Secondary clinical endpoints were OS and relapse.31 The prognostic accuracy of a classification method in predicting the clinical outcomes was evaluated using hazard ratios (HR) from univariate and multivariable Cox regression models, and by Kaplan- Meier plots combined with log-rank tests and estimation of median time to event. The Cox regression model assumptions were tested using Schoenfeld residuals, and P values <0.05 were considered as statistically significant results.
Validation of EPIC microarray data with methylation-sensitive high resolution melting
The microarray data were validated using methylation-sensitive high-resolution melting.32 The details of the assay design can be found in Online Supplementary Methods, Section 2.
Stratification of patients using IGHV-associated methylation signatures from 450K data
We used data from an independent CLL cohort (n=159)33 previously published by Kulis et al.18 and Queirós et al.21 to test whether HumanMethylation450 BeadChip (450K) data are sufficient to stratify patients using our procedure.
Identification of methylation signatures that independently predict short time to treatment
To investigate whether IGHV-associated methylation signatures can more accurately classify patients with aggressive disease at diagnosis than IGHV mutation status, we first used linear regression and identified 4,518 sites (CpG) in the EPIC array dataset at which the methylation levels (b-values) were associated with the IGHV mutation load (Figure 1A). Due to both technical and biological limitations of quantitative methylation measurements in clinical material (for a detailed description, see Online Supplementary File, Section 1), we focused our analysis on 147 sites of the 4518 CpG at which we also observed qualitative methylation changes (defined as an interquartile range of b-values >0.8) (Figure 1B). As TTT was the primary clinical indicator of aggressive disease in our study, we then used Cox regression to identify 44 CpG among these 147 sites at which the level of methylation (b-values) were associated with an increased hazard of short TTT (Figure 1C). Moreover, as biomarkers that independently predict clinical outcomes are most useful in clinical practice, we applied multivariable Cox regression analysis, performed as a backward elimination model, to select CpG sites at which the methylation levels independently predicted TTT (Figure 1D). This analysis resulted in a final set of nine CpG sites with six CpG located in gene bodies of REPS1 (cg21740960), RRM2B (cg00395579), SMYD3 (cg07395110), IL1B (cg07250315), UBE2R2 (cg02198280), and ATP9B (cg21394039); two CpG did not annotate to any known gene (cg03282117 and cg00185137) and one CpG was located in the S-shelf of a CpG island in the LMBR1 promoter (cg12032915).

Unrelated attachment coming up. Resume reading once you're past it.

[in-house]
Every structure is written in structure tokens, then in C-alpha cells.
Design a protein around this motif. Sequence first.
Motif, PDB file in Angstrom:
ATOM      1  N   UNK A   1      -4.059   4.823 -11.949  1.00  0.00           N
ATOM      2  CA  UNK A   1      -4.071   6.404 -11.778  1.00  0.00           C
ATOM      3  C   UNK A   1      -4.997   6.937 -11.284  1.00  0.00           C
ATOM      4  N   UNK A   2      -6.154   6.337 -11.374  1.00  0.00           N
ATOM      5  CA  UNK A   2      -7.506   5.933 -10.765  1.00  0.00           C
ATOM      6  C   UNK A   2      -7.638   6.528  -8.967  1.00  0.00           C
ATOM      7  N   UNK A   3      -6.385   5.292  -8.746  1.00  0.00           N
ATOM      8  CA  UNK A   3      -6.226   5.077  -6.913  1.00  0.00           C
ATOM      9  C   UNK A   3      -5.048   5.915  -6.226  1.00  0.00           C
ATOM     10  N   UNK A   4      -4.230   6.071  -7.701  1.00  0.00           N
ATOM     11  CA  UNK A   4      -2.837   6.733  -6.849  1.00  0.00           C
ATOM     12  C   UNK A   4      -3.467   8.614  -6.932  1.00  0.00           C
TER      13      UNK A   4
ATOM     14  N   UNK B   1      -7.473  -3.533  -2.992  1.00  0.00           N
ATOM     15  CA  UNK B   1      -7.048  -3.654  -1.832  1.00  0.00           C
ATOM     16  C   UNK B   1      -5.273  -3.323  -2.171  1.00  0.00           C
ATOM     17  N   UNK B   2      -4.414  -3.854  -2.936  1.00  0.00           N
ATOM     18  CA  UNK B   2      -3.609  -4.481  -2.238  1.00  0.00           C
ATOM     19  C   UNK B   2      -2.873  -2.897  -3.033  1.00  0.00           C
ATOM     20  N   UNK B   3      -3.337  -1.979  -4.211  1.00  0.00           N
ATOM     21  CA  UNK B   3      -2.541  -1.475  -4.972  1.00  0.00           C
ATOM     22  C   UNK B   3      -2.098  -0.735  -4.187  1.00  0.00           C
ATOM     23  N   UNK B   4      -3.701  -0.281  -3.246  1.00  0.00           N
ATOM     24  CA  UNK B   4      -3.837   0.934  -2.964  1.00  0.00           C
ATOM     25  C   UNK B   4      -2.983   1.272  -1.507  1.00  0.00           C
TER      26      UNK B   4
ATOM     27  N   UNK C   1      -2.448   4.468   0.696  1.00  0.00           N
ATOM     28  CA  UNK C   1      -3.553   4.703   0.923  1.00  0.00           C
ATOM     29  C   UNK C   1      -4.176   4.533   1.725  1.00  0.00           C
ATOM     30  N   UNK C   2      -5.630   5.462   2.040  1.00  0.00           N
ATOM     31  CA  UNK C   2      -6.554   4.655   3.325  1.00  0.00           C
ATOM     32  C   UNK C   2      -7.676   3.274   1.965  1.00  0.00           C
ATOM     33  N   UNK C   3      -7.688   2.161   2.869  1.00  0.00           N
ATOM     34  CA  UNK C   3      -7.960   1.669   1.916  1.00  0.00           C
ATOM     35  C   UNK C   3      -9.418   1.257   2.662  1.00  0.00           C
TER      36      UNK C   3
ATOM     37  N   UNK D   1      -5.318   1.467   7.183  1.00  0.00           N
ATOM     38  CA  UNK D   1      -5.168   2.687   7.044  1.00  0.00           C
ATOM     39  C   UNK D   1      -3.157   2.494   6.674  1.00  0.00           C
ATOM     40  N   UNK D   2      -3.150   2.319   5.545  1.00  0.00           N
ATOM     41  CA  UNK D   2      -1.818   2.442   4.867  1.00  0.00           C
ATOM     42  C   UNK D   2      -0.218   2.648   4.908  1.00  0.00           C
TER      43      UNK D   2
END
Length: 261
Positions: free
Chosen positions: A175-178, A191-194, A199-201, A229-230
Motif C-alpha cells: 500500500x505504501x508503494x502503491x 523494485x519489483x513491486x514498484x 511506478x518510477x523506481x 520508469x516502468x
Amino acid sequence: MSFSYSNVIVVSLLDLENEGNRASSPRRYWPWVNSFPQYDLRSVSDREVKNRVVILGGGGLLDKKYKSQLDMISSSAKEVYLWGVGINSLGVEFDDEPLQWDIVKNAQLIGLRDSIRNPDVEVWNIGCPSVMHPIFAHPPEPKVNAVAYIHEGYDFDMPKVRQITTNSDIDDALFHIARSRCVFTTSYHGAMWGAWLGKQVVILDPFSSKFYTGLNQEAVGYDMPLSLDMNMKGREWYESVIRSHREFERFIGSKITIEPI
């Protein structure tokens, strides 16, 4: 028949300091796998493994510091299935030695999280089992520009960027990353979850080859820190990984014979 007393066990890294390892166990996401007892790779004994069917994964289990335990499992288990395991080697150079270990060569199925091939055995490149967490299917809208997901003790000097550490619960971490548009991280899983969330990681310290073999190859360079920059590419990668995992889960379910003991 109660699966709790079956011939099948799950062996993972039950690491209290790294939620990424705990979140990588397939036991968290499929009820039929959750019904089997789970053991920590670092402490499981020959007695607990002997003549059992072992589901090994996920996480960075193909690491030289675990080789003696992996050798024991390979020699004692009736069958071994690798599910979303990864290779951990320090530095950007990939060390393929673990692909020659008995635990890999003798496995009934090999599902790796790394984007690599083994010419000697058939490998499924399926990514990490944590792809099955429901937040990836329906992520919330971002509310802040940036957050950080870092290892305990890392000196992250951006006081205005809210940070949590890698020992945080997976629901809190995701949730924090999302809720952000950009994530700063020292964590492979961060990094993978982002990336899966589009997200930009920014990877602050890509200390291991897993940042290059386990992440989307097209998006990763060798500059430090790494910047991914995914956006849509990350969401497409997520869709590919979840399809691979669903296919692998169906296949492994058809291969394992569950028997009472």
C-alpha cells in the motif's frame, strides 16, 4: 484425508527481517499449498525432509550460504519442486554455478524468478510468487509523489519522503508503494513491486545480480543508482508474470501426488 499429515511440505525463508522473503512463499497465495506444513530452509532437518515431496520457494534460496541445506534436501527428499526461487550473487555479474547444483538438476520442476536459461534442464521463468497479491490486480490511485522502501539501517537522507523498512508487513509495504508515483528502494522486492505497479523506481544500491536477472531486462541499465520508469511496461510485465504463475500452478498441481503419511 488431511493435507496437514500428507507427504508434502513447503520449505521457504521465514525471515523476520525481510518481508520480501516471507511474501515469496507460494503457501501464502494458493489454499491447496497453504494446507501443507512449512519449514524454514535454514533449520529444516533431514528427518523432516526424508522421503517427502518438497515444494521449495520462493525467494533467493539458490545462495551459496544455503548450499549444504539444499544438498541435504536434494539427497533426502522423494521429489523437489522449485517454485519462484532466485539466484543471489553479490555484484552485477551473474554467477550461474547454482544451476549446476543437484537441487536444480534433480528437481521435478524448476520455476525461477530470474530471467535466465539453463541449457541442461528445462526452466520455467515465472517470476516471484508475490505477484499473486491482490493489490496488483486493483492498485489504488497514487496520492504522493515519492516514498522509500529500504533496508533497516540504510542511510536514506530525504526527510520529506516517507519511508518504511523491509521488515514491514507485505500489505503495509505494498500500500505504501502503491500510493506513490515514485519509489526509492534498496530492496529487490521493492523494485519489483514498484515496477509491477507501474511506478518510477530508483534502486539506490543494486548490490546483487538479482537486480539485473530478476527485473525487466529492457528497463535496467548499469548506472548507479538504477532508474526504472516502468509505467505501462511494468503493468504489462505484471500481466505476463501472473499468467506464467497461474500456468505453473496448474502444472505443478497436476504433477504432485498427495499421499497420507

Development of a methylation-based classification Procedure
Next, we assessed whether the methylation status of one of the nine selected CpG sites is sufficient to stratify the patients accurately into two groups with different TTT, or whether combining the information from all CpG sites stratifies patients more accurately. A detailed description of these analyses is provided in the Online Supplementary File, Section 3. Briefly, we used TTT as the primary outcome and estimated the power of the methylation changes at each CpG site to predict TTT using the HR from the Cox regression analysis. These analyses showed that hypomethylation predicted short TTT for one CpG site (cg07395110), while hypermethylation was associated with short TTT for the remaining CpG (Online Supplementary Figure S1). We then compared the HR of the individual CpG sites. This analysis also showed that methylation status of the individual CpG sites predicted the clinical outcomes of patients with very similar accuracy (Online Supplementary File, Figures S2 and S3), and that none of the CpG sites was uniformly informative to predict short TTT (Online Supplementary Figure S1). Then, to combine the information from all nine CpG sites, we counted the number of CpG that predicted a short TTT for each patient and compared the HR between groups of patients with a different number of the CpG sites predicting short TTT. We performed this analysis for a series of different b-value cutoffs for individual CpG sites to allow us to establish a b-value cutoff at which the final stratification of patients was most accurate (Online Supplementary Figures S4 and S5).